File picture: Reuters.

London - Toto Wolff contemplates the enmity during three years of Mercedes’ unbroken domination. Lewis Hamilton and Nico Rosberg were at each other’s throats, but which of them was the true schemer?

"The one who is no longer here," revealed Wolff, the team principal. "The vicious one. Nico just tried to use all the weapons he had."

Rosberg retired five days after winning last year’s world title, a sudden departure that threw Mercedes into a scramble for a replacement - the hard-working, phlegmatic Finn Valtteri Bottas, a selection that brought a calm where there had been tangles on and off track.

Despite Rosberg walking out on him, Wolff says he does not want to castigate his reigning world champion gratuitously. But he says: "There were all the psycho games that you can play to destabilise your rival.

"With Nico and Lewis there may be factors we do not even know about," referring to their rivalry going back to karting days as well as the social gulf between them, Rosberg being raised in Monaco with a silver spoon and Hamilton being a Stevenage council estate boy-done-good. "They came from very different environments and raced each other as they grew up. It’s not going to be all plain sailing when two team-mates have a car good enough to win the championship.

"Add in the luggage of the past and the games that are played. Each year there was a biggie (row) that had a major impact on their relationship. When you operate at that high level as a sportsman you are certainly sensitive. Both were. It affected them both."

I ask him if Rosberg’s gamesmanship extended to his deliberately crashing in Monaco during qualifying in 2014 to ruin Hamilton’s shot at pole. "I have an answer but I am thinking how you would write it," said Wolff, getting as close as he dare to suggesting Rosberg acted calculatingly - the overwhelming view of the paddock.

"It caused friction in the relationship. That was a big one." Rosberg knew he had to find clever ways to beat Hamilton, the naturally superior driver. He could not sustain the effort indefinitely and that appears to be part of the reason he walked out on his £18 million-a-year (R295m) contract.

But what has been the effect of that speedy getaway on Hamilton, whose victory in Canada last weekend left him 12 points off Ferrari’s Sebastian Vettel but 36 ahead of Bottas? Is he still striving as hard now as when Rosberg was helping to create their competitive traction?

"Lewis is very gifted and talented, of course," said Wolff (above), an articulate 45-year-old Austrian. "He is a three-time world champion and he wouldn’t be that if he was not diligent and responsible with his homework.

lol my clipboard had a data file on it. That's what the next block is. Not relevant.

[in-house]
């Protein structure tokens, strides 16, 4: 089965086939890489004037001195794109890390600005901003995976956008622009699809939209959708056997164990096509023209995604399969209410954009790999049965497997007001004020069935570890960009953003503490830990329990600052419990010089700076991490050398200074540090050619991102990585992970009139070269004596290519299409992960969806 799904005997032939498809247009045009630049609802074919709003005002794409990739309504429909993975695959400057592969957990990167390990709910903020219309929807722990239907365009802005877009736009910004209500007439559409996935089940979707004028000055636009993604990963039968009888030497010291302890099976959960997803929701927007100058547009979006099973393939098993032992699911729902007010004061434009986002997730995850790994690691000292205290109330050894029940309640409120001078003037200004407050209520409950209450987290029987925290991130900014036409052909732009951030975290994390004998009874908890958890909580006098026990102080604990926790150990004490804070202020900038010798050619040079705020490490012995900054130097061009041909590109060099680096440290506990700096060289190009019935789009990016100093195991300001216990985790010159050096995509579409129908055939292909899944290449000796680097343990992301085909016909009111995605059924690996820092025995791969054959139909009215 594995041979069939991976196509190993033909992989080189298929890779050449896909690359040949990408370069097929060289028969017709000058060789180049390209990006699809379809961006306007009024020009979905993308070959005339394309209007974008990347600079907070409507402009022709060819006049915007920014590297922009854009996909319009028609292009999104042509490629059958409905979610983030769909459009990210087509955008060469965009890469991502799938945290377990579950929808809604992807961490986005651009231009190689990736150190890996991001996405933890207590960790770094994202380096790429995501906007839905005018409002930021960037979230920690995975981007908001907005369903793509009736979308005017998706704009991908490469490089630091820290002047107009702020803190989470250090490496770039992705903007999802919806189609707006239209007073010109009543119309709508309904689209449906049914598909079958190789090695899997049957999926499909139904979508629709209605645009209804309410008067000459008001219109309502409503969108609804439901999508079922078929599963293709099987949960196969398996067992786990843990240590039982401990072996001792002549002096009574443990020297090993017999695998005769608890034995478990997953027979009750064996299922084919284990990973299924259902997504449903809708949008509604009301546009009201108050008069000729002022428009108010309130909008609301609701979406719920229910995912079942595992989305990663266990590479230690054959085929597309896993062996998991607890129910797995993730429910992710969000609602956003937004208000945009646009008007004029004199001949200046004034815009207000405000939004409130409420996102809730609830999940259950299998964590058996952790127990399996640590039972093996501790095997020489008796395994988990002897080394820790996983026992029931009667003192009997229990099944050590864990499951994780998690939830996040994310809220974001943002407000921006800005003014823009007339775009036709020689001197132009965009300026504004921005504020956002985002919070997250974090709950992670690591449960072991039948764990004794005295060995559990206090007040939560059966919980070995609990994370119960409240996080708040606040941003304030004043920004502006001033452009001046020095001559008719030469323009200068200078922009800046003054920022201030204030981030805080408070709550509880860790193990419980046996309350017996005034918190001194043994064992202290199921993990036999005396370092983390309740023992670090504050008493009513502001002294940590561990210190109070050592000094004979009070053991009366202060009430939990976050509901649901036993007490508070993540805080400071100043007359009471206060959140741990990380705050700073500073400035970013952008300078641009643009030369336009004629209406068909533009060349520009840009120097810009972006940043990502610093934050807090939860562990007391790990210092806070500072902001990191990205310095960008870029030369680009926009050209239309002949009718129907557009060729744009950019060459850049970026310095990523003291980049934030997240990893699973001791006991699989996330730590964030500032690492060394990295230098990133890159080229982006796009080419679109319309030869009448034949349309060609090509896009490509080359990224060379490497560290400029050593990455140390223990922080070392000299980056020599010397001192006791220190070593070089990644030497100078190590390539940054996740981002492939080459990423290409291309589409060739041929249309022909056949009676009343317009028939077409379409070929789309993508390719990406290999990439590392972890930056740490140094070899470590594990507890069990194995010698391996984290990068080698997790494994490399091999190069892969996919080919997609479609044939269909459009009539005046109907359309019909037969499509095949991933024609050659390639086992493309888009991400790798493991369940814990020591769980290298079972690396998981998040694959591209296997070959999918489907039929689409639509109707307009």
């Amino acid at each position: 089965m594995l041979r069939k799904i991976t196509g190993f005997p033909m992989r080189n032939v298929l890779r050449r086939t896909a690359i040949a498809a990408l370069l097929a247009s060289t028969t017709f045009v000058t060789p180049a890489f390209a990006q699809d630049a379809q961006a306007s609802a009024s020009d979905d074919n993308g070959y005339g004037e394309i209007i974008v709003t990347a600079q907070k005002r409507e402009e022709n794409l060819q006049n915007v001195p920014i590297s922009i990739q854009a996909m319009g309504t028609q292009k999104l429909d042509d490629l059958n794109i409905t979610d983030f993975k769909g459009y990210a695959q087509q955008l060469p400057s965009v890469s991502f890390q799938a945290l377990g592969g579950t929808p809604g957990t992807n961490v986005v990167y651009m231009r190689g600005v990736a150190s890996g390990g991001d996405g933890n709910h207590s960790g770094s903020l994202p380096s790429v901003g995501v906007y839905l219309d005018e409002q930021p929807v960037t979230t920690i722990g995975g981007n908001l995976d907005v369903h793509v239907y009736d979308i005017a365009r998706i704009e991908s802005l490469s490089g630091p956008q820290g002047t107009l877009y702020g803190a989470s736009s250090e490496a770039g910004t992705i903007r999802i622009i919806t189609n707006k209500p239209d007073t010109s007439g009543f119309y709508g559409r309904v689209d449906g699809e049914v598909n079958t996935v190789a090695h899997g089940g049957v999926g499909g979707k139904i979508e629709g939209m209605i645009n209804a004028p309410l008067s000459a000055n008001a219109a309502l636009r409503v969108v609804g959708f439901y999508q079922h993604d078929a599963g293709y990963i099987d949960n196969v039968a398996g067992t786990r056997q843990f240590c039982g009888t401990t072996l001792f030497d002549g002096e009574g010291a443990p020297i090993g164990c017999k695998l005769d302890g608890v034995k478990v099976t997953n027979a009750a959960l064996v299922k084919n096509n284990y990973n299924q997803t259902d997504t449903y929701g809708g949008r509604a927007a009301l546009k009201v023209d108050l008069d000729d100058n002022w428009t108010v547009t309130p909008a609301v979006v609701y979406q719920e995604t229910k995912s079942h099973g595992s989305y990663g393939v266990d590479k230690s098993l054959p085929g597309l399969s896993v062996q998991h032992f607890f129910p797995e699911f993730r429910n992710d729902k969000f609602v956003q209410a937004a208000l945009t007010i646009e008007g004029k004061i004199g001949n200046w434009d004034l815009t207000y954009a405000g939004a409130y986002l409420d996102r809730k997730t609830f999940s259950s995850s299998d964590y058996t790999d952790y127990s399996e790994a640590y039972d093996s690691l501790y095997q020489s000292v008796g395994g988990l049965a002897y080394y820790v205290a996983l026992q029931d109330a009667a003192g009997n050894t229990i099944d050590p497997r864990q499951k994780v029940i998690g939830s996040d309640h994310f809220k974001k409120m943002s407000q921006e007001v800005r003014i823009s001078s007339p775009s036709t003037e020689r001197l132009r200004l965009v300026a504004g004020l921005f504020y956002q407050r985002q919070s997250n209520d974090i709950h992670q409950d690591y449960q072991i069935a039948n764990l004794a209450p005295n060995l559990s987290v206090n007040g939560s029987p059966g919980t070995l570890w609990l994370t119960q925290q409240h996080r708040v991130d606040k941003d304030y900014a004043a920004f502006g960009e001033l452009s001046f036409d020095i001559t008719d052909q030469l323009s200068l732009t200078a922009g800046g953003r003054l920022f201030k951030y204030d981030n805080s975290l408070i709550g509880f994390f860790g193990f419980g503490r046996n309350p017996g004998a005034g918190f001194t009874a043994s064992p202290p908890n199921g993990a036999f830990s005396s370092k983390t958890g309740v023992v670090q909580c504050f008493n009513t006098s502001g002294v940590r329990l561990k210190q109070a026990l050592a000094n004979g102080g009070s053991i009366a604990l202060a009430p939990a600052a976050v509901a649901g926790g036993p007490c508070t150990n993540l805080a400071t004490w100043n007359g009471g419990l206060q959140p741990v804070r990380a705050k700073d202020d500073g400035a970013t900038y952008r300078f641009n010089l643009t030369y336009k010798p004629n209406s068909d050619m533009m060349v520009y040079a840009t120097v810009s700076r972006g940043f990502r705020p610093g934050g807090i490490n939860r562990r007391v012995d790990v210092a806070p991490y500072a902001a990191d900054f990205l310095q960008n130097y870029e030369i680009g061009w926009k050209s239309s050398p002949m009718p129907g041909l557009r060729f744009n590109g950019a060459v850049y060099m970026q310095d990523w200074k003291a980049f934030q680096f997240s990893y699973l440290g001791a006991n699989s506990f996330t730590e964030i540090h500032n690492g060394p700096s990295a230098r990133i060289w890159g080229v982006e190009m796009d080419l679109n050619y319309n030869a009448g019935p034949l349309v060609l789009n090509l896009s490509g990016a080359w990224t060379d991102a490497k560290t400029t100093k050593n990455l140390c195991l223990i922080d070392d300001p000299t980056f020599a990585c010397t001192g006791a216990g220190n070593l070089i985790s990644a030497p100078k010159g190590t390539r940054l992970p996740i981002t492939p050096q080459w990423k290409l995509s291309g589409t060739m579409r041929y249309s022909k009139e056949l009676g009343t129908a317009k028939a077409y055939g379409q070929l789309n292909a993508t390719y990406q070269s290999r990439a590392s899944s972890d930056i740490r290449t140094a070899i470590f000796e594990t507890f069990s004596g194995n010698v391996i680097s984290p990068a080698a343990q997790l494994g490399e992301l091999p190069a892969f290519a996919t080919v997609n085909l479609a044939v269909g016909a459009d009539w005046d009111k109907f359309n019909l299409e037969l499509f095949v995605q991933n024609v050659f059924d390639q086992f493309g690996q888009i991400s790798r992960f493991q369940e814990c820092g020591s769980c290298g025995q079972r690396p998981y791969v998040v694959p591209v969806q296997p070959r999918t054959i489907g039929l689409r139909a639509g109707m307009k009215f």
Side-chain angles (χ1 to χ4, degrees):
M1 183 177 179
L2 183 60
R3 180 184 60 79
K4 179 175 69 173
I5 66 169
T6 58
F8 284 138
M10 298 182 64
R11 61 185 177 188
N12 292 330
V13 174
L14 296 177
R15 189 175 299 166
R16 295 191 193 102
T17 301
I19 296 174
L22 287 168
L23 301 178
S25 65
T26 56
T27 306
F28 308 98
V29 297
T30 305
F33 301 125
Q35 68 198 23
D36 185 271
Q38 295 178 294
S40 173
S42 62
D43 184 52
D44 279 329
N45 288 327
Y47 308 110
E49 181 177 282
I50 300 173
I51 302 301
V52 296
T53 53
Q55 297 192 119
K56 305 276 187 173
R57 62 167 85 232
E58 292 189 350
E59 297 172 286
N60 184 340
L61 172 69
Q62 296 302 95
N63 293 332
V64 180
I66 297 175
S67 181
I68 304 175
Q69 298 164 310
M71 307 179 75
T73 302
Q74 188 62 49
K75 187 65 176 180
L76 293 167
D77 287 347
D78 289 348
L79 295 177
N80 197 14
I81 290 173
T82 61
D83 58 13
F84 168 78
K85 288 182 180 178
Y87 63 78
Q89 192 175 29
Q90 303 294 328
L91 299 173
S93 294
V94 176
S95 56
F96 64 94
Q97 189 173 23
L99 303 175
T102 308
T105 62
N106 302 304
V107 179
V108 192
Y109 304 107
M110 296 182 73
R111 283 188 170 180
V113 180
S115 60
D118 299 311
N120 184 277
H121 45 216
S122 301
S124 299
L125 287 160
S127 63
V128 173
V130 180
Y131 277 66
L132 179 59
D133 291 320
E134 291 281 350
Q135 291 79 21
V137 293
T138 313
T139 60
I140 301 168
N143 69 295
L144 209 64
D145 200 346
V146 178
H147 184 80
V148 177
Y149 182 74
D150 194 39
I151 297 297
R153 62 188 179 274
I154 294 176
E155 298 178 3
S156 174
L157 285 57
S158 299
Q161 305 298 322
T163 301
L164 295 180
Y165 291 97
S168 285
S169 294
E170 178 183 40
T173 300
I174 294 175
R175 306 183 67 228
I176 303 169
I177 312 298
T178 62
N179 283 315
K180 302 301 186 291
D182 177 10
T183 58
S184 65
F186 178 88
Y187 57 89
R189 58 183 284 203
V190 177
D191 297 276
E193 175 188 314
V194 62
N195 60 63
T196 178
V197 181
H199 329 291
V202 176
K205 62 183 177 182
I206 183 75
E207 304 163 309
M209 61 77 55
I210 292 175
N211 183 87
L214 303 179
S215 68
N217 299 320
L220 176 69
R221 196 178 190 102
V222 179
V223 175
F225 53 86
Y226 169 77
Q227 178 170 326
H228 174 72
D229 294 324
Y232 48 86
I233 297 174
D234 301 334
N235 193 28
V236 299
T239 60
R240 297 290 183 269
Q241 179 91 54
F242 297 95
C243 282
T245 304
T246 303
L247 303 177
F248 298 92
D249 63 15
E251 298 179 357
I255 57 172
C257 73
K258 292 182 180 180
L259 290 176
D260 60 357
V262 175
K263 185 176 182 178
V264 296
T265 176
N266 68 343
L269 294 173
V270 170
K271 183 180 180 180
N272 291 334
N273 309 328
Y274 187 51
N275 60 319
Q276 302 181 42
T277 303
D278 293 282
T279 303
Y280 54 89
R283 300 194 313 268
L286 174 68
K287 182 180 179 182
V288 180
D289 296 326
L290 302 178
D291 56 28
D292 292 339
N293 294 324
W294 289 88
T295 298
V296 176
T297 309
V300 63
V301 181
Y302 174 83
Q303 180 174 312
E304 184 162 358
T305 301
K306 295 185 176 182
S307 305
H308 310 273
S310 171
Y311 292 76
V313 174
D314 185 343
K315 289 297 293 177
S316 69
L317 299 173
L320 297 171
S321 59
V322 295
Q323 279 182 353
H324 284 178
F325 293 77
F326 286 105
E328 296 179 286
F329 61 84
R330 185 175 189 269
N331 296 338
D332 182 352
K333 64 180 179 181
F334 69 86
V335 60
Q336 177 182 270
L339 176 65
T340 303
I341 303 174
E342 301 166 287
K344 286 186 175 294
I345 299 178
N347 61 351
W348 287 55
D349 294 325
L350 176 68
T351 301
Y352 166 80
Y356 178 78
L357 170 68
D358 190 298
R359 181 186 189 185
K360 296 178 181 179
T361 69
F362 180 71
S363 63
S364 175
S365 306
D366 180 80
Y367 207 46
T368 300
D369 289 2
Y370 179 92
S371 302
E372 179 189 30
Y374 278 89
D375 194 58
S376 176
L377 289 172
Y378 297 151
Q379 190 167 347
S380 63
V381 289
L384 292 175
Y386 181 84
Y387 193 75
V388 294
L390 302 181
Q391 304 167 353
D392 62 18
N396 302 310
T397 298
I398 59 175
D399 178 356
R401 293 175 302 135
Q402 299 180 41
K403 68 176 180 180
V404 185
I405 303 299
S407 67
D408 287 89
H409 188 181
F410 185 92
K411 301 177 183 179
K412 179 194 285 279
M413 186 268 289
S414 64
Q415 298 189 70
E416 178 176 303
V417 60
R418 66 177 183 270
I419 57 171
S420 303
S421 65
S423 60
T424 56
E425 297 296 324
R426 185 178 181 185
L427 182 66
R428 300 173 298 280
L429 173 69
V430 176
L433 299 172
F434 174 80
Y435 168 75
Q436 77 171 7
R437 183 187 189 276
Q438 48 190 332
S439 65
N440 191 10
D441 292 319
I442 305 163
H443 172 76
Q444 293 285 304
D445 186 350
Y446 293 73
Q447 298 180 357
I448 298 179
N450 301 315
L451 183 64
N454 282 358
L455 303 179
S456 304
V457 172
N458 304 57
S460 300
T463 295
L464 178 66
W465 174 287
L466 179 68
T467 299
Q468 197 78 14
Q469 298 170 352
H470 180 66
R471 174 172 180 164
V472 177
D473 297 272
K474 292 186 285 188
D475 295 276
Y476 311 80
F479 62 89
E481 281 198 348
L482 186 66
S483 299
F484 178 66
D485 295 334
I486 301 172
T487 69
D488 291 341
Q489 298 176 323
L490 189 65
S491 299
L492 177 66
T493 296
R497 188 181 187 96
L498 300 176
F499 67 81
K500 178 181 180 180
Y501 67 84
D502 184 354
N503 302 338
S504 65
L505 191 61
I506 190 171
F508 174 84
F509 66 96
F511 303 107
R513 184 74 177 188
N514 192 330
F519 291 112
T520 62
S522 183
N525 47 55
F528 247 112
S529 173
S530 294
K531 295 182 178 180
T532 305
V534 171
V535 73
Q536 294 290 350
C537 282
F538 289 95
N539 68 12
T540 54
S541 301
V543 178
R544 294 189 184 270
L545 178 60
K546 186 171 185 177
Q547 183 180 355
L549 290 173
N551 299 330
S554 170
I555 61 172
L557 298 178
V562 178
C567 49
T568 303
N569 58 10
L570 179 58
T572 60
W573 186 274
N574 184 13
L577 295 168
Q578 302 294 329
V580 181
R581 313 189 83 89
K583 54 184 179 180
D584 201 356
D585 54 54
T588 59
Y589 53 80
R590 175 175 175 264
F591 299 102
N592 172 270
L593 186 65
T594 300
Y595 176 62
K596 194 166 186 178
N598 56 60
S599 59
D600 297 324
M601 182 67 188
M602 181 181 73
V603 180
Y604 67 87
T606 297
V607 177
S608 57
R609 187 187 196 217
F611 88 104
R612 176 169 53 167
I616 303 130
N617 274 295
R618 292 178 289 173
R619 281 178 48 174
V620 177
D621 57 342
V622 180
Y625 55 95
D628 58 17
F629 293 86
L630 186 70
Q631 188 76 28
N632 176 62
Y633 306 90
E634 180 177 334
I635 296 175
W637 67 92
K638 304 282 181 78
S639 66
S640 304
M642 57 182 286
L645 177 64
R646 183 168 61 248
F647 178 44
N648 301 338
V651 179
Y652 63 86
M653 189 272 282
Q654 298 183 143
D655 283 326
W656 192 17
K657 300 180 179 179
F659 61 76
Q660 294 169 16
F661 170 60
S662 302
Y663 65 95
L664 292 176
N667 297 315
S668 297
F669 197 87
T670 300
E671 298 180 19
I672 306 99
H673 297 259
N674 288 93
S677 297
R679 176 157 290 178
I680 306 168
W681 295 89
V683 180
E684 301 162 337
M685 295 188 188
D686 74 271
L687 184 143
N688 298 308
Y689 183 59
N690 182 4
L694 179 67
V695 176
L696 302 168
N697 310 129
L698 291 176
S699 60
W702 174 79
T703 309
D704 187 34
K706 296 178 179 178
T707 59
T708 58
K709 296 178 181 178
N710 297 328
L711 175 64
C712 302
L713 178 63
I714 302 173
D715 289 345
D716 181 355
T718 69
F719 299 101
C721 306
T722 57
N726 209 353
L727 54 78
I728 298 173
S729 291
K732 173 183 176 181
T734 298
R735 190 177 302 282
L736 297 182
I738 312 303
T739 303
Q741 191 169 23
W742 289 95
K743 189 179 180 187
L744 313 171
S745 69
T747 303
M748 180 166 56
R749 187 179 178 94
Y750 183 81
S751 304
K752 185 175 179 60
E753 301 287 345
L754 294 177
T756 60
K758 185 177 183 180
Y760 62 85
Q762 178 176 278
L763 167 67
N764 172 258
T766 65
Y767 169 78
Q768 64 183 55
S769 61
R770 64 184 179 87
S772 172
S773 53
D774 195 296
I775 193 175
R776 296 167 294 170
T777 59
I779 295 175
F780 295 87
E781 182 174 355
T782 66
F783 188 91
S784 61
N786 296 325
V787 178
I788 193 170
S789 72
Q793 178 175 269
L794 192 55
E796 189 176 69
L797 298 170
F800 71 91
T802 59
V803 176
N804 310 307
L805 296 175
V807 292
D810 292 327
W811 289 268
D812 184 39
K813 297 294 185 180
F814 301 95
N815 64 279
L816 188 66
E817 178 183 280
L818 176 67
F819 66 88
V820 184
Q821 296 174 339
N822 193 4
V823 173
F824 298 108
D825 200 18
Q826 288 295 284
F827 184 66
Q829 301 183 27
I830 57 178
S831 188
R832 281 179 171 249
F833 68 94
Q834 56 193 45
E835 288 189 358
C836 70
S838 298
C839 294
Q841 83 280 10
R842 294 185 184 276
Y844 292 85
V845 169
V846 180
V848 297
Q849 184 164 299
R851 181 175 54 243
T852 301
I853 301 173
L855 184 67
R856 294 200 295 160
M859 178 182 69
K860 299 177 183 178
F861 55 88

"He does not do his work in a way that is so obvious. Some people would sit in a meeting for hours. He does his work quietly at home or on the aeroplane. He has found a way to relax his mind to get away from F1, and then come back concentrated.

"I remember I flew back from Shanghai some years ago with Mika Hakkinen after a race Vettel had won. Seb was sitting there, writing in a notebook, on and on. I said to Mika, 'The guy has won and he is still working so hard.'

"Mika, a double world champion with all that experience, said if he had done it the Vettel way he would have lost his natural ability to tackle a situation in the car. He didn’t want to dissect it into a million pieces. He wanted to feel the car naturally. This is true for Lewis. You just have to find your own way to operate. He puts in a lot of effort."

For all Hamilton projects through social media the jet-set part of his life, he carries a notebook around with him in the paddock, jotting down his thoughts.

Wolff is in close dialogue with Formula One’s new owner, Liberty Media, which seems largely to be speaking in platitudes as it plans a way forward for a sport to which the company is new.

He is alive to the danger of F1 becoming bland in its post-Bernie Ecclestone incarnation, saying: "I said to Liberty that the controversy Bernie caused by dropping hand grenades was what kept us in the news. It needs personalities to go against each other - drivers and team principals having the odd row.

"I’m not holding back. I want to be authentic. There are certain topics I can’t touch because I am representing Mercedes not Toto Wolff, but I will say what I think where I can and if somebody doesn’t like it, so be it."

It remains to be seen if "vicious" Rosberg takes Wolff’s description of him as a compliment or a curse.

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